The Aberdeen Bestiary

Folio 85v - the nature of man, continued.


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Commentary, Translation and Transcription

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It is not part of the project to provide a definitive edition of the text of the Bestiary, but to help readers by providing a transcription and translation of the text. Currently the following editorial conventions obtain:

Text

  1. The original capitalisation is retained, but capitals have been added for personal and place names, excluding deus and diabolus.
  2. The original punctuation, including a point and inverted semi-colon (both serving as commas), and a point (serving as a full stop), is represented by comma, full stop and question-mark; a colon has been inserted before quotations.
  3. Suggested readings are in [ ].
  4. Variants from other Bestiary texts (eg Ashmole 1511 and Patrologia Latina 176) are added where they indicate a corruption, elucidate a meaning and replace excised text. They are represented as [A: PL:]

Translation

  1. Direct quotations from the Bible, where identified, are cited from the Authorised Version in ( ).
  2. Paraphrased quotations are identified where possible and indicated as: (see Job, 18:22).
  3. Suggested translations of corrupt words are in [ ].
  4. Capitalisation is sparing; additional punctuation has been used where necessary to give the sense. Paragraphs have been created to break up the text.
are like armi, forequarters. They are so called to distinguish men from dumb animals, so that we say men have shoulders, humeri; animals, forequarters, armi. For, strictly speaking, 'forequarters' applies to four-legged animals. The part at the rear of the highest point of the shoulder we call the shoulder-blade, ola. The word for arms, brachia, is associated with that for strength. For in Greek barus means 'strong' and 'heavy'. Muscles swell between the shoulder and elbow and in muscles there is remarkable strength. In the arms there are bulges, tori, which are muscles; they are so called because the inner parts seems to be twisted, tortus. The elbow, cubitus, is so called because we lean on it, cumbere, to eat. The ulna, according to some, is an extension of either hand; according to others, of the elbow; the latter seems more likely to be true because the elbow in Greek is ulenos [olene]. The pits under the arms, ale, are so called because the movement of the arms begins there, like that of wings, ale. Some call the armpits ascelle, because from that point the arms are set in motion, cillere. For this reason they are also called oscilla, because the arms are swung, oscillare, that is they are moved, movere, from the extremity of the body, ora; since movere and cillere mean the same, to move from the extremity becomes ora cillere. Some call the armpits subhirci, 'undergoats',because in many people they give off the rank smell of goats. The hand, manus, is so called because it performs a service, munus, for the whole body. For it serves food to the mouth, does everything and disposes of everything; with it, we take and we give. The word is used incorrectly for labour or workmen, 'hands'. For this reason, we talk about manupretium, 'workman's wage'. The right hand, dextra, gets its name from dare, to give, for it is given as a pledge of peace. It is used as a proof of faith and in greeting, and is used in this context in Tully: 'By order of the Senate, I have pledged the public faith', that is, the right hand (Cicero, Catiline, 3, 8). And the apostle says: 'They gave to me and Barnabas the right hands of fellowship' (Galatians, 2:9). The left hand, leva, is so called because it is more suited to raising, levare. It is also called sinistra, sine dextera, 'without the right hand', so to speak, or because it permits, sinere, something to be done. For sinistra comes from sinere. The palm, palma, is the hand with the fingers spread; when they are contracted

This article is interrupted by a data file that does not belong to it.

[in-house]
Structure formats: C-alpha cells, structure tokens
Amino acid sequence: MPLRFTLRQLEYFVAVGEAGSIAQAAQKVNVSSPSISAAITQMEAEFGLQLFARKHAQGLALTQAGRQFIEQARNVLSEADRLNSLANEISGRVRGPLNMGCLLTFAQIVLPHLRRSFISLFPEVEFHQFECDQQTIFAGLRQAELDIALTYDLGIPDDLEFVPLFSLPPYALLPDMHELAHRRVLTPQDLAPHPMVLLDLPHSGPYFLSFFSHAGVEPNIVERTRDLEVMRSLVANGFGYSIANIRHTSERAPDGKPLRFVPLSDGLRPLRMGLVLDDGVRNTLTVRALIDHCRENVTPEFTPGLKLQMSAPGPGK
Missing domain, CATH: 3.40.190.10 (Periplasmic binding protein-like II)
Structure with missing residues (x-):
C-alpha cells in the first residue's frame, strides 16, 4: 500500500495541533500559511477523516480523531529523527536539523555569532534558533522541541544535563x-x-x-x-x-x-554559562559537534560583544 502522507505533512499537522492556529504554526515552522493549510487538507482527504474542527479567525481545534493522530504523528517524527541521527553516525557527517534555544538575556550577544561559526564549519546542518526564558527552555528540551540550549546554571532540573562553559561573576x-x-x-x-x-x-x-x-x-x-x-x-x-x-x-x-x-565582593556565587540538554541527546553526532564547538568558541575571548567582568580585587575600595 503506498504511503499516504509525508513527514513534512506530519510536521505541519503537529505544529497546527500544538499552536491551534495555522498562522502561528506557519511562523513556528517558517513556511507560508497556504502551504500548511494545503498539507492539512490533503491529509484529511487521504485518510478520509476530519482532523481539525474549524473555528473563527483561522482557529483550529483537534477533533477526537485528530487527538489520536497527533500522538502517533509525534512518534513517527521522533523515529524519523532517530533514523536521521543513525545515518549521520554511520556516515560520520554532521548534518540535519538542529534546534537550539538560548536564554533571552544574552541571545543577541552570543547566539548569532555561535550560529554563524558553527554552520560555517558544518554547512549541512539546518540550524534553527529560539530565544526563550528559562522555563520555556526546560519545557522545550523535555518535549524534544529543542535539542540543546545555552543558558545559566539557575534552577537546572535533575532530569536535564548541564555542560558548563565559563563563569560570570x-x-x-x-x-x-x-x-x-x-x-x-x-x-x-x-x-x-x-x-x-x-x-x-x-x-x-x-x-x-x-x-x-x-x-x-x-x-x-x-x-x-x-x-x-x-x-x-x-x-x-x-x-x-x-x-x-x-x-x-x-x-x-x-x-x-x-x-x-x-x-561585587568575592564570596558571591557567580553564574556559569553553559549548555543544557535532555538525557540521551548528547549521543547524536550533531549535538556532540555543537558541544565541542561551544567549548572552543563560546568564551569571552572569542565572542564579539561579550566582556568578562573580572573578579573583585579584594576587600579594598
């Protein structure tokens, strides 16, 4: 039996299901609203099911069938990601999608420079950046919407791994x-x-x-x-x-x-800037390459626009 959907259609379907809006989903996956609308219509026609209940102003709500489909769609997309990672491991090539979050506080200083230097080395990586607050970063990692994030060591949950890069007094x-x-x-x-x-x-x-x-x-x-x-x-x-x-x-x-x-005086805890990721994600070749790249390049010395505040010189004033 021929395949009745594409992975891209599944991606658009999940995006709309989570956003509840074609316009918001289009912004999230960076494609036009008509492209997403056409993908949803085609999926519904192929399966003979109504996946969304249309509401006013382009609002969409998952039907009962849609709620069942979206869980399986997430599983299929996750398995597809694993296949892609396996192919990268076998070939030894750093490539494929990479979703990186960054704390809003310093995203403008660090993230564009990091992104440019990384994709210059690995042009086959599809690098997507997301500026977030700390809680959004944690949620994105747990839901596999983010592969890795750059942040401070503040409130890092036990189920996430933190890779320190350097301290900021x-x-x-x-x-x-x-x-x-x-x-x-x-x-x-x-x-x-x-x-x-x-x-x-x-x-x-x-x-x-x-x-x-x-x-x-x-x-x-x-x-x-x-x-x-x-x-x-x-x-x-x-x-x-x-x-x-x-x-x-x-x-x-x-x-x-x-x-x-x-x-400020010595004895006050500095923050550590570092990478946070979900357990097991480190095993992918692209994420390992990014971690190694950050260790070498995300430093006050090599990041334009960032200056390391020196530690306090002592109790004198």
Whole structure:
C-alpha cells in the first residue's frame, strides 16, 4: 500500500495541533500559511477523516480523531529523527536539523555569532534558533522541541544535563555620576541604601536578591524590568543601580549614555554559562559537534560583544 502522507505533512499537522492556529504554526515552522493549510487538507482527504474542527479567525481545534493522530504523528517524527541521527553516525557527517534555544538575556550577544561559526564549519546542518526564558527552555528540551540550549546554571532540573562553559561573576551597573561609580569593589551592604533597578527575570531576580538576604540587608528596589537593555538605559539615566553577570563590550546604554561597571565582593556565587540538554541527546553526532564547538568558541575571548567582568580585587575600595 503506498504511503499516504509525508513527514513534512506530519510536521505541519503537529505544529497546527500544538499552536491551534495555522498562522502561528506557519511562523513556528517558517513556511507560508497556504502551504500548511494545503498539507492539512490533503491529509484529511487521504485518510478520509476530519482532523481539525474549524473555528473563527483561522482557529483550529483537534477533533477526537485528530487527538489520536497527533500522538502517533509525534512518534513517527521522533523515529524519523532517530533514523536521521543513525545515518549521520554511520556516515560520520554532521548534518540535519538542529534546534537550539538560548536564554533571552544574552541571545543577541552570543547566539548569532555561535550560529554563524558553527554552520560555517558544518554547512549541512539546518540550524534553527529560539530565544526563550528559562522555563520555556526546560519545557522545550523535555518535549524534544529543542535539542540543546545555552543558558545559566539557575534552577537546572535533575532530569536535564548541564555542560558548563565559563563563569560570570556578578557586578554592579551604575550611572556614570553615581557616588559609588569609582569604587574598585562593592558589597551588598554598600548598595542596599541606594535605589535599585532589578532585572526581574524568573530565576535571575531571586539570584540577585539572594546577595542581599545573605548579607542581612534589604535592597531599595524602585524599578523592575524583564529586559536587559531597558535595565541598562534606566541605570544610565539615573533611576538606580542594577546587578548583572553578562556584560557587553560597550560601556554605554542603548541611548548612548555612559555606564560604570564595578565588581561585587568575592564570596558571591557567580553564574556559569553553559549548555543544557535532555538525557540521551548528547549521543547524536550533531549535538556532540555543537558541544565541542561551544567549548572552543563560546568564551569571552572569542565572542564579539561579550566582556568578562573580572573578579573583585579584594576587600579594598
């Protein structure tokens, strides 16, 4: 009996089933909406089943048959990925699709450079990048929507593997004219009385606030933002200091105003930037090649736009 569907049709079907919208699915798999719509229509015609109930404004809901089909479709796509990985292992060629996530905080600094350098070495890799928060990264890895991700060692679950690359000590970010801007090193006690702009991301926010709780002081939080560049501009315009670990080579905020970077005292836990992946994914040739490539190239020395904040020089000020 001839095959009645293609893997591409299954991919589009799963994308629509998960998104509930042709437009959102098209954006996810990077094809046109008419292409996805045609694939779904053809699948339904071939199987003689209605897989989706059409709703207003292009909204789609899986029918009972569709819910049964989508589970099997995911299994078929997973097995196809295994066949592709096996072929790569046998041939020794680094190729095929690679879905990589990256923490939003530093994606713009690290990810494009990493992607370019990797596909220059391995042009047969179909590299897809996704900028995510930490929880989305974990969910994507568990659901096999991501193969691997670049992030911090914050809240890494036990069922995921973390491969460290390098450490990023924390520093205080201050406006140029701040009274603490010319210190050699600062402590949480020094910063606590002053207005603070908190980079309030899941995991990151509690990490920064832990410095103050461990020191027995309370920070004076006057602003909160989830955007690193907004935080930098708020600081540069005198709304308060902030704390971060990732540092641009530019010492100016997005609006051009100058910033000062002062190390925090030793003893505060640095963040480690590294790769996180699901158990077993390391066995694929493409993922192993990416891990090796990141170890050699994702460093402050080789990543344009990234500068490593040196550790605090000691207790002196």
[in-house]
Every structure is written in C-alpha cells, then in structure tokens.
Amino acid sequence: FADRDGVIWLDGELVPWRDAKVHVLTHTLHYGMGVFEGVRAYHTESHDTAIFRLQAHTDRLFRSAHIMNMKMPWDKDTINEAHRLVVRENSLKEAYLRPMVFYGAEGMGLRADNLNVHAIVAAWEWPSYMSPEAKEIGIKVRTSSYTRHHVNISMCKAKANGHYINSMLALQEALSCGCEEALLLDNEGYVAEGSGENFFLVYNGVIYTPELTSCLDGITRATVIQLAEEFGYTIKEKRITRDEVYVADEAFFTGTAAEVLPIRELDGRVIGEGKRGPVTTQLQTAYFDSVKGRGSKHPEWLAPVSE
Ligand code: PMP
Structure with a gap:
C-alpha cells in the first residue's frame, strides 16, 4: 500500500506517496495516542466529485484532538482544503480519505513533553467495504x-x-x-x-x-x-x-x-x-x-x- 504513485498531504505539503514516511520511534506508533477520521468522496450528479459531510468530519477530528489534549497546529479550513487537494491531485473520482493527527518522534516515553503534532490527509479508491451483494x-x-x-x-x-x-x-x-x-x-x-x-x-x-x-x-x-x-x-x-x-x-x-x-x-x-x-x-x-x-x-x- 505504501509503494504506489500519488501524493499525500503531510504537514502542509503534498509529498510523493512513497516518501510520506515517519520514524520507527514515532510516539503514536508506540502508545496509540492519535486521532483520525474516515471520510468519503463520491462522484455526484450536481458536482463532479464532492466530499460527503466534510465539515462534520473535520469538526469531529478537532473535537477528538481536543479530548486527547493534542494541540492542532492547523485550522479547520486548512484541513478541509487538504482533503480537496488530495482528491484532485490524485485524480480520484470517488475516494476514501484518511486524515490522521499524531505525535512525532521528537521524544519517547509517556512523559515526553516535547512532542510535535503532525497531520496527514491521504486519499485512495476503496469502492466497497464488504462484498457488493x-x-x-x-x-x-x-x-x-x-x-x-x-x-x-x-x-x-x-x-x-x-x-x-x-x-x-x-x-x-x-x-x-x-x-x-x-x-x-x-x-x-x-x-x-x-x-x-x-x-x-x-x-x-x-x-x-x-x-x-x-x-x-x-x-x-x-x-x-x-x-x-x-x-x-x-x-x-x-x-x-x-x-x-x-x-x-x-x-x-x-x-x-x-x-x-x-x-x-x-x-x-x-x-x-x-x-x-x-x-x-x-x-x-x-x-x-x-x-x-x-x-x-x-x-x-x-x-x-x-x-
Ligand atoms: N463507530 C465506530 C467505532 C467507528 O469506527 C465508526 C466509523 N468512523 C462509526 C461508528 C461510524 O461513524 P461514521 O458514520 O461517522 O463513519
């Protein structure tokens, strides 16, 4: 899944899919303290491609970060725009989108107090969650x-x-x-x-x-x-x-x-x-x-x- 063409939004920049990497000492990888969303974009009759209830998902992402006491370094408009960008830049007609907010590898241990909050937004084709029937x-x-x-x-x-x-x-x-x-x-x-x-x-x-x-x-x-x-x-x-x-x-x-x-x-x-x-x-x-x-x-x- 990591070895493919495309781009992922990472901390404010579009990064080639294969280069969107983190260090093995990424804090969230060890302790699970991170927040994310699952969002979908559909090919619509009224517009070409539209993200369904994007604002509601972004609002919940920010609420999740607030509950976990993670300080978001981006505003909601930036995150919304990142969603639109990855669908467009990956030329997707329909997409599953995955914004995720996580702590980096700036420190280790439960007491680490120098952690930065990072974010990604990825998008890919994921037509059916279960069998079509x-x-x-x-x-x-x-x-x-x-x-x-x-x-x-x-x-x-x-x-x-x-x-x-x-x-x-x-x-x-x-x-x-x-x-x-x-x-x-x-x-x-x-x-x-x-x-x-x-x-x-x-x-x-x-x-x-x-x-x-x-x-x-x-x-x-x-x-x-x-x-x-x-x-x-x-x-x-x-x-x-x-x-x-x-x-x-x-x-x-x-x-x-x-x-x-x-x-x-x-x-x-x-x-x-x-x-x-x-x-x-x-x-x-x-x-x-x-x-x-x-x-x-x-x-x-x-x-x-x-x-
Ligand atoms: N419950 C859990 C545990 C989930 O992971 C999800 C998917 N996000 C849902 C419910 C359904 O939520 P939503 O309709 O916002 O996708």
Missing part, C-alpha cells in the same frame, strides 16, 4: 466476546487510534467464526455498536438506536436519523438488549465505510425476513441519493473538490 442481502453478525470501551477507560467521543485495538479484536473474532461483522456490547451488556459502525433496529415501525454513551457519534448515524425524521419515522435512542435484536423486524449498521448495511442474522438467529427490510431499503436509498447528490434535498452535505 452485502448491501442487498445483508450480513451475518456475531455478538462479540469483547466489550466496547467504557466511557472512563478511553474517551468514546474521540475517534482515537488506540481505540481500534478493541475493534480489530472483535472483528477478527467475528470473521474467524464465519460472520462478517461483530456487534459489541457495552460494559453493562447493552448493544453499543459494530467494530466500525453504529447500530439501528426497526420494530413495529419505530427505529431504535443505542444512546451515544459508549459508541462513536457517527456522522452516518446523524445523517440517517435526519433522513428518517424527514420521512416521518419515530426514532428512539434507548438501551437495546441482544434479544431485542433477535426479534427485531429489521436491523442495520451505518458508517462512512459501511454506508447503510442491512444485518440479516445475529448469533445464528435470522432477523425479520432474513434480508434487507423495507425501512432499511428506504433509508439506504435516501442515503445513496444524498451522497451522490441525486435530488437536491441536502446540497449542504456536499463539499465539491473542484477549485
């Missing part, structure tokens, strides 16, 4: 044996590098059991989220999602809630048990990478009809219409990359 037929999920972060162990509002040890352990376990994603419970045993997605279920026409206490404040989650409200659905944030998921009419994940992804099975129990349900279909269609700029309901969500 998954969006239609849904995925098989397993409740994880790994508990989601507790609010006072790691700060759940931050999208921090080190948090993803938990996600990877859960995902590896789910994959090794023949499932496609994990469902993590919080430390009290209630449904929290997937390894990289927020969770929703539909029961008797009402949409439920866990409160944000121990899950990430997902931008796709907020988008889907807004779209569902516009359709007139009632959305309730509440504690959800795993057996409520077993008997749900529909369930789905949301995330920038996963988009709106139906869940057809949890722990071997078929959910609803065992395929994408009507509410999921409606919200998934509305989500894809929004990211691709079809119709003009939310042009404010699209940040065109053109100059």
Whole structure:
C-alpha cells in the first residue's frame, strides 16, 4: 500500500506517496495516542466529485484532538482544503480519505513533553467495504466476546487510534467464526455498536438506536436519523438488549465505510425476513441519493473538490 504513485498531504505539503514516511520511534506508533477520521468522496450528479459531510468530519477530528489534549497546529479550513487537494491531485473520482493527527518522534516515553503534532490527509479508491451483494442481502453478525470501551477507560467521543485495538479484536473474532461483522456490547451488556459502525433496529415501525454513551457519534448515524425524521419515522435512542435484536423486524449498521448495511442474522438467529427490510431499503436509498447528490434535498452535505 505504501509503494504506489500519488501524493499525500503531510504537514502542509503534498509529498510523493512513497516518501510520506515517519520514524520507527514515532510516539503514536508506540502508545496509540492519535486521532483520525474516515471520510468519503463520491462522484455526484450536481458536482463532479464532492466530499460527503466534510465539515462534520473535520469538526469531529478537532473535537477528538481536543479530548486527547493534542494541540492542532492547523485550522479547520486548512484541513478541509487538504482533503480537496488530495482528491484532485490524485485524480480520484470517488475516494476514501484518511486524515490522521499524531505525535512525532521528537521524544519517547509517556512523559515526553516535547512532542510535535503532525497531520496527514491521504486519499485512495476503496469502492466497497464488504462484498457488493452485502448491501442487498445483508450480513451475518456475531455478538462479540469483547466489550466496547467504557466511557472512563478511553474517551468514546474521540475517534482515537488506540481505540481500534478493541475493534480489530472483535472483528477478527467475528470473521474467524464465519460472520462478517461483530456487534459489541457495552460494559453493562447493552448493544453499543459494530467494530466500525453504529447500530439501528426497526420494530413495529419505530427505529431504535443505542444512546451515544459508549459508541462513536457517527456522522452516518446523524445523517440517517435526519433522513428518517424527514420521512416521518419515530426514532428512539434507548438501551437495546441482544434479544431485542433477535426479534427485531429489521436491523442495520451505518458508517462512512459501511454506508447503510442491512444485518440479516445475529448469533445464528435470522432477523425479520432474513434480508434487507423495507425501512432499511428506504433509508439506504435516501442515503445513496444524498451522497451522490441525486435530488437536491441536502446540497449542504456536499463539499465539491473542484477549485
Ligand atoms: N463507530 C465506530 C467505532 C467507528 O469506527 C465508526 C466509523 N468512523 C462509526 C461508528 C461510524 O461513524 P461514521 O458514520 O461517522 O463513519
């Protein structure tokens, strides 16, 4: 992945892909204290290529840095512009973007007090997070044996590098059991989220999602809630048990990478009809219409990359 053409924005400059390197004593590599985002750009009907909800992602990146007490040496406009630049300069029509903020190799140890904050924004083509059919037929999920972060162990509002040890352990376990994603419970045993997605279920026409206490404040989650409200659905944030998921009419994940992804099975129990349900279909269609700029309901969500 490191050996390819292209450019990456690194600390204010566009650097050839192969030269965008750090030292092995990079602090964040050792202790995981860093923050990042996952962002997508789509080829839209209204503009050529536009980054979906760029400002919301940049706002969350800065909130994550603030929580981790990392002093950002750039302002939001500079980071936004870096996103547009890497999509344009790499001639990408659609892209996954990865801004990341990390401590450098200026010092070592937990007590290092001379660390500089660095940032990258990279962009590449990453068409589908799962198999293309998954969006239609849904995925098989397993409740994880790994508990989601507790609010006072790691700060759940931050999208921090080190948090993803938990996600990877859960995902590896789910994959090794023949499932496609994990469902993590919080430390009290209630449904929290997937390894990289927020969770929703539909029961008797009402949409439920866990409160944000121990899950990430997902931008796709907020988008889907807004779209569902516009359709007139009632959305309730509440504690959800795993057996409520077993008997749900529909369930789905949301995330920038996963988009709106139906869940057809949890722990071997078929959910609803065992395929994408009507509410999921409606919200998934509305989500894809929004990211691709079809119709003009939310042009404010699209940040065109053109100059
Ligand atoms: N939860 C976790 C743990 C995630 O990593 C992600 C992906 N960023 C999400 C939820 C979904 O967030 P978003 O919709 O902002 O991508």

Text

Isidore on the arms and hands.

Transcription

quasi armi ad distinctionem hominis a pecudibus mu\tis, ut hi humeros ille armos habere dicantur. Nam proprie armi\ quadrupedum sunt. Olam summi humeri pars poste\ rior. Bracchia a fortitudine nominata. Bari enim Grece,\ forte et grave significatur. In bracchis enim thori lacer\torum sunt et insigne musculorum robur existit. In\ his sunt tori idem musculum, et dicti tori, quod illic vis\cera torta videantur. Cubitum dictum quod ad cibos su\mendos in ipso cumbamus. Ulna secundum quosdam utriusque\ manus extensio est, secundum alios cubitus, quod magis verum\ est quia Grece ulenos cubitus dicitur. Ale sub brachia sunt appel\late, eo quod ex eis in modum alarum motus bracchorum\ inchoat, quas quidam ascellas vocant, quod ex eis bra\chia cilluntur id est moventur. Unde et oscilla dicta ab eo quod oscillantur hoc est moveantur ora. Nam cillere est movere.\ Has quidam subhircos vocant propter quod in plerisque\ hominibus hircorum fetorem reddunt. Manus dicta quod\ sit tocius corporis munus. Ipsa enim cibum ori ministrat\ ipsa operatur omnia atque dispensat, per eam accipimus et da\mus. Abusive autem manus etiam ars vel artifex. Unde\ et manus precipium [PL, pretium] dicimus. Dextra vocatur a dando, ipsa\ enim pignus pacis datur. Ipsa testis fidei atque salutis\ adhibetur, et hoc est illud apud Tullium: Fidem publicam\ iussu senatus dedi id est dextram. Unde et apostolus dicit: Dext\ras mihi dederunt et Barnabe societatis. Leva quod aptior \ sit ad levandum. Sinistra autem vocata quasi sine dextera\ sive quod rem fieri sinat. A sinendo enim sinistra voca\ta est. Palma est manus expansis digitis sicut et tractus\

Translation